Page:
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DVD reviews: 'Zero Dark Thirty,' 'The Hobbit' and 'This is 40'

Wednesday, March 20, 2013, 8:24 p.m.
 

“Zero Dark Thirty” (2012, R, 157 min., $30.99). Viewers already know the ending, but that shouldn't stop them from seeing “Zero Dark Thirty.” Reuniting filmmaker Kathryn Bigelow and screenwriter Mark Boal — the team behind 2009's “The Hurt Locker” — “Zero Dark Thirty” is an intense ride full of suspenseful twists and turns covering the events leading to the death of Osama bin Laden, the most wanted man in the world. Undoubtedly one of the best pictures of 2012, the feature is part procedural in how it documents the process of finding bin Laden. The procedural aspects of the story are blended with the character development of Maya — played wonderfully by Jessica Chastain — a talented CIA officer tasked with finding terrorists affiliated with 9/11. When Maya sets her sights on bin Laden, she pushes herself to the very limit, and, you know how that ends. Chastain deserves all of the accolades she's received. The actress gets a boost in supporting roles played by Jason Clarke, James Gandolfini, Edgar Ramirez and Kyle Chandler. A series of featurettes are available on standard DVD and Blu-ray, including ones on Chastain, settings and general production. Each featurette carries plenty of interviews with members of the cast and crew, along with some behind-the-scenes info. 4 Stars.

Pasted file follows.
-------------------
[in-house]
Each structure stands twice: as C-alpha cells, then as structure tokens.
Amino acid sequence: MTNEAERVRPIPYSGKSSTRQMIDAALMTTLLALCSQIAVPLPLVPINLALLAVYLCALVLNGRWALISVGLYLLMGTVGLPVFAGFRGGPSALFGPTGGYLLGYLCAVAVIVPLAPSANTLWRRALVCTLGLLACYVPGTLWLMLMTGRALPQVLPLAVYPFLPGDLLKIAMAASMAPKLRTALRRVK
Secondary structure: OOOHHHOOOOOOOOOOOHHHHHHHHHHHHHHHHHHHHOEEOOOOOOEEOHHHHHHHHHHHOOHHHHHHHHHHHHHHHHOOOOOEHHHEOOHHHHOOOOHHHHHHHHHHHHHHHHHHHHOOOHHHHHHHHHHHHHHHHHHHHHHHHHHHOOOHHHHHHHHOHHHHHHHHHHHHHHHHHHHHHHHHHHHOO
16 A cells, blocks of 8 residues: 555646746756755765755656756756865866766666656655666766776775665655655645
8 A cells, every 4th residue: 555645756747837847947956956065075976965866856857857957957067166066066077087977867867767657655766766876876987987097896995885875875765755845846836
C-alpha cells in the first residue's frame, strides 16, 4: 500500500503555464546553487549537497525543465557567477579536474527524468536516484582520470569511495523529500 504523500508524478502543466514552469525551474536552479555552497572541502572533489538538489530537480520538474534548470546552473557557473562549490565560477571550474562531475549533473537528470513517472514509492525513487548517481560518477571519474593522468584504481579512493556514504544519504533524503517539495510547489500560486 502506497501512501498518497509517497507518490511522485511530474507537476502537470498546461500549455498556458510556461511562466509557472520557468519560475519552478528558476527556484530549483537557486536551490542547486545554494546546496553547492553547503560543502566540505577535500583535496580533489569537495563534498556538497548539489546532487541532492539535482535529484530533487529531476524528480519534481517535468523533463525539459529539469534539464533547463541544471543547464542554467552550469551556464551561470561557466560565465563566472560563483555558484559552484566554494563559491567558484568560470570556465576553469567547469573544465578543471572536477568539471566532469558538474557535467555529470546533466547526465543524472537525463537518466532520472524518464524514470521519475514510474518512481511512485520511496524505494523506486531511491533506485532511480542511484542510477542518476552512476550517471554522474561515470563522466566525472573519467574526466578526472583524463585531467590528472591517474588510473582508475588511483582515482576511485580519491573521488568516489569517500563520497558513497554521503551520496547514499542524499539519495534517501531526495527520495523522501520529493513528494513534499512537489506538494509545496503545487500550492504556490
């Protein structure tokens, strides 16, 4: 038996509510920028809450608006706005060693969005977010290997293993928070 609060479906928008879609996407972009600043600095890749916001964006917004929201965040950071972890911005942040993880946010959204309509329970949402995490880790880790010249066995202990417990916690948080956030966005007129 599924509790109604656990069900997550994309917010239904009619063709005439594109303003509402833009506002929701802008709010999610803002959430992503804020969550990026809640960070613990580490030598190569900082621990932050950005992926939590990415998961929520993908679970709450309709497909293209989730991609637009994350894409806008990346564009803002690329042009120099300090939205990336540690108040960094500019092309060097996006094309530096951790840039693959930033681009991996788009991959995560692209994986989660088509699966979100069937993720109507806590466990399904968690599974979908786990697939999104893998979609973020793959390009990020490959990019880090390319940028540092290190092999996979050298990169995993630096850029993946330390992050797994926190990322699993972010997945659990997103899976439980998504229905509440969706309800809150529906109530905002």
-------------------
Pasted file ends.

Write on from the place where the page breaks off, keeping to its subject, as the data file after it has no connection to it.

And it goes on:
“The Hobbit: An Unexpected Journey” (2012, PG-13, 160 min., $28.98). A decade after the conclusion of Peter Jackson's “Lord of the Rings” trilogy, the filmmaker brings viewers back to the shire for another three-part adventure. This time around, Jackson gets his material from the 1937 J.R.R. Tolkien novel “The Hobbit.” The main character is Bilbo (Martin Freeman), a hobbit who enjoys spending time at home. When Bilbo's called into action by Gandalf (Ian McKellen), he's propelled into an adventure with a wild collection of dwarves. The goal is to reclaim the lost Dwarf City of Erebor, a beautiful mountain that's been taken by a deadly dragon. In this first step of the trilogy, the gang finds itself coming up against a remarkable collection of underworld characters that offer only harm. Weighing in at 160 minutes, “An Unexpected Journey” has some problems with pacing, and it doesn't really offer viewers any motivation inside the storyline to tune in to No. 2, due out later this year. There are plenty of positives, too. Visually, Jackson's film is amazing and the action sequences are incredible. The film's special effects are some of the best. Standard DVD and Blu-ray packages offer an extensive making-of journal that brings viewers inside Jackson's filmmaking process. 2.5 Stars.